Gary Winfield


Gary Winfield



September 21, 2017

Winfield and Connecticut Solar Companies Call for Veto of Republican Budget

Solar Companies have stated that cuts made in the recently-passed state budget will force them to slow, stop or reverse their job growth in Connecticut

photo of Senator Winfield.

Senator Winfield and representatives from Connecticut’s growing solar industry raised the alarm about damaging cuts made to Connecticut’s solar industry in the version of the state budget passed last week. The Republican budget slashes funding to the CT Green Bank. As Co-Chair of the Energy and Technology Committee, Senator Winfield has worked with PosiGen, Aegis Solar, and other solar companies to expand access to green energy and encourage growth in the solar industry. In recent conversations with the leaders of Connecticut’s solar industry, Senator Winfield has become increasingly alarmed that the cuts made in the recently-passed state budget will result in lost job creation in one of the strongest-growing industries in the country, hurting possibilities for business expansions in Connecticut’s clean energy sector.

The Green Bank mobilized $1 billion total dollars into Connecticut’s clean energy economy using public-private partnerships. This has created 13,000 total jobs (job-years of activity), mostly with local energy improvement contractors. Over 220 megawatts of clean, renewable energy have been generated through these projects. If the Green Bank is de-funded, Connecticut will likely see a migration in contractor and project activity to other states.

The Republican budget, which passed last week, makes multiple cuts to the Connecticut Green Bank. The budget reduces funding for the Green Bank by $13 million in FY 18 and another $13 million in FY 19. It also diverts $10 million in RGGI Auction Proceeds, one of the key funding sources for the Green Bank, in FY 18, and another $10 million in FY19. This amounts to a net reduction of $46 million to clean energy and energy efficiency programs over the biennium.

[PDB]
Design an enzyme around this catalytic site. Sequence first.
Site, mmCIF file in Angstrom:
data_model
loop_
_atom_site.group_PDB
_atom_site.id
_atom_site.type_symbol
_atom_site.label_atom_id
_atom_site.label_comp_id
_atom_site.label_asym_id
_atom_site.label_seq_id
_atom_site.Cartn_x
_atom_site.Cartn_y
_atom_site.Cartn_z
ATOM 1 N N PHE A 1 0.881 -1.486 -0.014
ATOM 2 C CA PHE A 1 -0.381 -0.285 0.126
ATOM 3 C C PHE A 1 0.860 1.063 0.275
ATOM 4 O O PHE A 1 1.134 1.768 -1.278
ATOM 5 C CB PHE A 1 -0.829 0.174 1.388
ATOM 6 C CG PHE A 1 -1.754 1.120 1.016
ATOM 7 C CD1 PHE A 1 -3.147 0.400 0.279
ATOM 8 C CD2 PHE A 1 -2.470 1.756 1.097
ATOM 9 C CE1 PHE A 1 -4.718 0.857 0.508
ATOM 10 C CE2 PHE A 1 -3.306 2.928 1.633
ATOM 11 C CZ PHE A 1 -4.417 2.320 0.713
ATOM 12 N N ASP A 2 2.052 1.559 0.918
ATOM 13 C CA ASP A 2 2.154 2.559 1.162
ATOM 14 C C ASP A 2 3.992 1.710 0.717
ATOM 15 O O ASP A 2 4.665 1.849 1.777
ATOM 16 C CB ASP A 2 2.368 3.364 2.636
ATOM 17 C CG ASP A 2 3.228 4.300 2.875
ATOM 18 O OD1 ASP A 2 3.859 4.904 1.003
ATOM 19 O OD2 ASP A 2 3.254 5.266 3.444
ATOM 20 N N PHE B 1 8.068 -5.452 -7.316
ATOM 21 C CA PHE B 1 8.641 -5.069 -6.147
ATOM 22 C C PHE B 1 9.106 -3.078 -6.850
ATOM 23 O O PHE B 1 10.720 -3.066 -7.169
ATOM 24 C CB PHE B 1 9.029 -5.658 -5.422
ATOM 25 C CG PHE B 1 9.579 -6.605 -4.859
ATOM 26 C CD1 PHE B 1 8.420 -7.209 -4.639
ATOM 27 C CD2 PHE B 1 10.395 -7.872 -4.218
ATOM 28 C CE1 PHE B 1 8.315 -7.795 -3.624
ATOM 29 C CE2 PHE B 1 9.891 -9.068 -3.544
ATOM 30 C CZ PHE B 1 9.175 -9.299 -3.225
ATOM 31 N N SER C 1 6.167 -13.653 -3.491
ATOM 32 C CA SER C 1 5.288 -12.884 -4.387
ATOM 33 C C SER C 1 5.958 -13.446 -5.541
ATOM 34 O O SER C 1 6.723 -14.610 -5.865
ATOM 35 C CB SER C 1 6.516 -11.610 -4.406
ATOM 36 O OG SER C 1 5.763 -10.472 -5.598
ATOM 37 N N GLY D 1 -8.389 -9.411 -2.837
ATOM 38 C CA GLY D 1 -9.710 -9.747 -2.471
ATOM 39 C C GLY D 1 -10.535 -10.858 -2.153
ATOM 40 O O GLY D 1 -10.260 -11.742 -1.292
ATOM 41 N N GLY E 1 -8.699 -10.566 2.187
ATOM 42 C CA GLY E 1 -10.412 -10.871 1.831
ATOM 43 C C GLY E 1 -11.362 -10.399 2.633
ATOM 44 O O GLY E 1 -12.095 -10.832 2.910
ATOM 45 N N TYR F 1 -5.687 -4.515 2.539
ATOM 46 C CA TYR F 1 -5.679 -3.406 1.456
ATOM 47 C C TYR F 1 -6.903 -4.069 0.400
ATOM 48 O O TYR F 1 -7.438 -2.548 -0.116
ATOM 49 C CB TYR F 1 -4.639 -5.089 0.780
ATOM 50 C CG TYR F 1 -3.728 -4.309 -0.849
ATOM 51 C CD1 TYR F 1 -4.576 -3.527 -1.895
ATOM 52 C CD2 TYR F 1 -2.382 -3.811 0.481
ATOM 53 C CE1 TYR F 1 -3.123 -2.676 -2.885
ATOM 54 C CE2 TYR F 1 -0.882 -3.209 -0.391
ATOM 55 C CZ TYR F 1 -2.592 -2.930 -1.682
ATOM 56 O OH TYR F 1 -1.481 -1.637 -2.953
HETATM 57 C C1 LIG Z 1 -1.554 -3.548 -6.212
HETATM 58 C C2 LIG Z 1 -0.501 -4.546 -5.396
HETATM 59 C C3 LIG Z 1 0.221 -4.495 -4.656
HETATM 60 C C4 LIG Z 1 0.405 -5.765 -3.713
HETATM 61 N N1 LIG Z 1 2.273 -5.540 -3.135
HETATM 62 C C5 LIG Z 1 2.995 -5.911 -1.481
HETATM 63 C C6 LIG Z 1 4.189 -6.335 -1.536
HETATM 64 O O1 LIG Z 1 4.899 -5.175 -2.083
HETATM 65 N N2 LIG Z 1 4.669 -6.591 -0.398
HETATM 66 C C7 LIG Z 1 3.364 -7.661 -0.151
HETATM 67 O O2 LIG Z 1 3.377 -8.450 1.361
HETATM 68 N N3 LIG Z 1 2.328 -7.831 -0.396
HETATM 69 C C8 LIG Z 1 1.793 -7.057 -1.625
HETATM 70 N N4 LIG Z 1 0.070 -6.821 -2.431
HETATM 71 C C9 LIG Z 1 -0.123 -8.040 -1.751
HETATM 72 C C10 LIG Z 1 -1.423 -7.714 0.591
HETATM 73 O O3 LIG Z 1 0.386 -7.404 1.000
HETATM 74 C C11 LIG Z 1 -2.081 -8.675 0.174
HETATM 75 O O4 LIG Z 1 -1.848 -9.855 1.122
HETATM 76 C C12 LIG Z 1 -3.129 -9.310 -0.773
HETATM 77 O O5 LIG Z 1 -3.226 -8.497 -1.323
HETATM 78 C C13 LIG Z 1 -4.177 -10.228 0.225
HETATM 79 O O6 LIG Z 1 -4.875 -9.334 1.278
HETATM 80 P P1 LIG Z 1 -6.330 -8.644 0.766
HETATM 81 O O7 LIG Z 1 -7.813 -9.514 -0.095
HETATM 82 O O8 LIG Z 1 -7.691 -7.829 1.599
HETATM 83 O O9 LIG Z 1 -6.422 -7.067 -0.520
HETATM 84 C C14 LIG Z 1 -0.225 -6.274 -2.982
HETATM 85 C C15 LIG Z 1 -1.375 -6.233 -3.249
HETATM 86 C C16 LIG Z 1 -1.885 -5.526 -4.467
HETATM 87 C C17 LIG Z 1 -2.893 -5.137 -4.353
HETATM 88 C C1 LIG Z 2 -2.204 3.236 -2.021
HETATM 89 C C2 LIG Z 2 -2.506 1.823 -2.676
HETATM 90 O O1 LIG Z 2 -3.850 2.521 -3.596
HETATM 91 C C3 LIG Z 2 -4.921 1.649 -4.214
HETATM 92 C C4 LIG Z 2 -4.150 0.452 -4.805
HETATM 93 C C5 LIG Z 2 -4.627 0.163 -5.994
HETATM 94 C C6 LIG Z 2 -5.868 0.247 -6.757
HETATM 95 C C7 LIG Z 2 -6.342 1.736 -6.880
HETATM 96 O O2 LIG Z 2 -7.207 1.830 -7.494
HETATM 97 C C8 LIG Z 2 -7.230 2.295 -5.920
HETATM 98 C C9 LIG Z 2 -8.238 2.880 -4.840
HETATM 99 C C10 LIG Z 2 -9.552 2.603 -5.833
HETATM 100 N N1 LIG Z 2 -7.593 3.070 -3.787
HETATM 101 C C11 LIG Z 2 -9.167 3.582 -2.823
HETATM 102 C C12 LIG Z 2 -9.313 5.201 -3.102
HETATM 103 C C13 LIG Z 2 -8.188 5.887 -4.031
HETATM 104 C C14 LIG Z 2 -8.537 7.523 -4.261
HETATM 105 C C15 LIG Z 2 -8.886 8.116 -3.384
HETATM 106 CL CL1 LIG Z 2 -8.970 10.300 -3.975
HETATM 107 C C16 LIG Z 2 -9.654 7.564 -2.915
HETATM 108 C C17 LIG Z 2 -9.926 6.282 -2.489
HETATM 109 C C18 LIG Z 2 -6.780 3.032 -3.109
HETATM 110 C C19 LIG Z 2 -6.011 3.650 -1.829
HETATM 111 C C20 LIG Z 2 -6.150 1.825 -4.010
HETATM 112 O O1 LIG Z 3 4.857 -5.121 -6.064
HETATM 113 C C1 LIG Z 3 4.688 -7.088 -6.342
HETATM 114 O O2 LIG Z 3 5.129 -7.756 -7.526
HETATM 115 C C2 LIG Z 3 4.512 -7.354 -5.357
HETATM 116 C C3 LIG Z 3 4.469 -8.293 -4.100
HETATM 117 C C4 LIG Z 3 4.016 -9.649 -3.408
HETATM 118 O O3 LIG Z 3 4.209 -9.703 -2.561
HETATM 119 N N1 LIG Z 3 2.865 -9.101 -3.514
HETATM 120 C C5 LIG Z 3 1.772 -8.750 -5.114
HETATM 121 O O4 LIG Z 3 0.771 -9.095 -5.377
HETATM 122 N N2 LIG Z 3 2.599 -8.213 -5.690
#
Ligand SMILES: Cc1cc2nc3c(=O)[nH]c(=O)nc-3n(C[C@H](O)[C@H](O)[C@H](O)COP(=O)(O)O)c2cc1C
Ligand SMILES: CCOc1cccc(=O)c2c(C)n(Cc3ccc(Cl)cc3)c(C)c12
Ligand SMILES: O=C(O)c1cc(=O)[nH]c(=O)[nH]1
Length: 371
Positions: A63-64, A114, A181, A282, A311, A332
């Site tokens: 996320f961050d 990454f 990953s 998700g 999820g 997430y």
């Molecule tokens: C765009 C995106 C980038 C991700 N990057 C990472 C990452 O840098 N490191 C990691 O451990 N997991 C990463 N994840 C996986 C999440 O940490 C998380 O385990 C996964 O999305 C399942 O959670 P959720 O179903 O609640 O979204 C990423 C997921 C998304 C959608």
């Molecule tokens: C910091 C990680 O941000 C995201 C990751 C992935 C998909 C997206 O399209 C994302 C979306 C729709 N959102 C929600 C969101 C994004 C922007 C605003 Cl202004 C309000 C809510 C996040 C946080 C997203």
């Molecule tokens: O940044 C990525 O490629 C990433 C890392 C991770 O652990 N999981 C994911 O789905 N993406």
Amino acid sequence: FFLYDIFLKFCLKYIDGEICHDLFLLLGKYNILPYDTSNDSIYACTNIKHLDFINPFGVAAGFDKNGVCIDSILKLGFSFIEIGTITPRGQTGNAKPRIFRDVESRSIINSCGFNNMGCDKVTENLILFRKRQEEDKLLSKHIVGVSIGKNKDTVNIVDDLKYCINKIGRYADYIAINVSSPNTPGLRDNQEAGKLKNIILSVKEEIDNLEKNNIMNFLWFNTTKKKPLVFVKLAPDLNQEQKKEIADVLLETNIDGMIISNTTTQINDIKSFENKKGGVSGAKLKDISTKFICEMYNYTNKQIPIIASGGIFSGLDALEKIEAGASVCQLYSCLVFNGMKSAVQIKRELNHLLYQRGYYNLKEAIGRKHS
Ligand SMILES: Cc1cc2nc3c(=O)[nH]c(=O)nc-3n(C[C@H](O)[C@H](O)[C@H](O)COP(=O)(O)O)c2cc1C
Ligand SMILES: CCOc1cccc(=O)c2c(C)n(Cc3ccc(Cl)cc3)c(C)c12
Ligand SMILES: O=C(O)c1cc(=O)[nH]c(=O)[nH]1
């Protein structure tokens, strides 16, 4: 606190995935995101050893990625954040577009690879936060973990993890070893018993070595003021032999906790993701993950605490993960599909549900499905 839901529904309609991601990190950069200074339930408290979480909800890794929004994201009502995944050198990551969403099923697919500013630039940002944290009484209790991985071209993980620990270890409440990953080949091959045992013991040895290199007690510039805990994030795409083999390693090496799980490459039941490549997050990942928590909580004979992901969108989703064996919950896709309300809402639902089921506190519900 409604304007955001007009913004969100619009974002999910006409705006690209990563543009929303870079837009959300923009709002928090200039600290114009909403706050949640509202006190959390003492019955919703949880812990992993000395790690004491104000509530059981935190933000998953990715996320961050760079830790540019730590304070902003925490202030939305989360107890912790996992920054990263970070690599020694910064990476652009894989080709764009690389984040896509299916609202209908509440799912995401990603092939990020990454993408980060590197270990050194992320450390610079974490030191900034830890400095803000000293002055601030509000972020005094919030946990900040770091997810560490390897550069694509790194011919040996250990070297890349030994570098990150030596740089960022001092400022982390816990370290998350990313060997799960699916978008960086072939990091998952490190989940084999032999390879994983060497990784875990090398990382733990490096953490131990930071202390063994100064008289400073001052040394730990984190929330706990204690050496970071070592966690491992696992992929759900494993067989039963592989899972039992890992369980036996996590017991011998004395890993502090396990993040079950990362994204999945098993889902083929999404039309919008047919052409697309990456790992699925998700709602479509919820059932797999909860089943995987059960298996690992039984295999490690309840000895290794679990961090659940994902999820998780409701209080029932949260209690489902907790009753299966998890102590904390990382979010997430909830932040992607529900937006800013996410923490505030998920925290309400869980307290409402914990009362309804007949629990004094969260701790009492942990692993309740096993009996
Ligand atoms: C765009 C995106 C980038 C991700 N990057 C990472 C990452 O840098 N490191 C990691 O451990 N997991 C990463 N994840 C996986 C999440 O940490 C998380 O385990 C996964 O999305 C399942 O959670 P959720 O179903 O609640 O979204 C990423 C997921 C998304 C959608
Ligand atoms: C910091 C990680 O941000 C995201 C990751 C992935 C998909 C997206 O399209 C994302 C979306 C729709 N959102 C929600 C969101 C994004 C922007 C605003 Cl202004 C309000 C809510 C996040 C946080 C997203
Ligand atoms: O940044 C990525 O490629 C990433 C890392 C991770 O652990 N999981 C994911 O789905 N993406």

“Promoting green energy is vital for both the health of our environment and our economy,” said Senator Winfield, Co-Chair of the Energy and Technology Committee. “These cuts threaten to halt the growth in this sector, which has been growing and creating good-paying jobs for Connecticut residents. I am very concerned that should these cuts be enacted, we will start to lose these jobs and potentially risk having the solar companies leave Connecticut for states that are more supportive of growing the green energy economy.”

“PosiGen has a unique approach to solar energy efficiency. We focus on low income home owners. We focus on people that have not had the ability to access solar and a lot of other energy efficiency programs in the past. We came to Connecticut solely because the Connecticut Green Bank Approached us and said we think that there’s an inequality In the state, and we want to make sure that all the families in Connecticut have access to solar energy efficiency,” said Tom Neyhart, CEO of PosiGen. “My concern is that a company like mine, which already has 45 employees here and is adding another 15 new employees and another location wouldn’t come to Connecticut without the Connecticut Green Bank. If the funding is cut back, we’re not sure we could continue that expansion.”

“Connecticut Green Bank has programs are what is driving the industry in Connecticut, which is a thriving and expanding renewable energy industry. These programs, were they threatened, would be a direct impact on my business. I wouldn’t be able to support the employees that we have now or the installations that we’re doing. So any threat to those funds would have a direct impact on the ability of my business to continue operation and conducting business in Connecticut,” said Chris Lenda, Owner and Founder Aegis Solar.

“I’m a commercial project manager for this company, so I get to see the local farmers, the manufacturers, the schools, the distributors who benefit from this. Not only do I benefit from it for having a job, but I also get to employ local subcontractors, like site developers or roofing companies who all benefit from putting solar on these local businesses. So not only does it affect local homeowners, it also helps our communities and our local businesses. I think it’s in our best interests to keep this money within the Connecticut Green Bank so they can keep doing what they’re doing. They’re doing a great thing for the State of Connecticut,” said Brandon Pizzoferrato of C-TEC Solar.

About the Connecticut Green Bank

The Connecticut Green Bank was established by the Connecticut General Assembly on July 1, 2011 as a part of Public Act 11-80. The Green Bank’s success in accelerating private investment in clean energy is helping Connecticut create jobs, increase economic prosperity, promote energy security and address climate change. In 2017, the Connecticut Green Bank received the Innovations in American Government Award from the Harvard Kennedy School Ash Center for Democratic Governance and innovation for their “Sparking the Green Bank Movement” nomination. For more information about the Connecticut Green Bank, please visit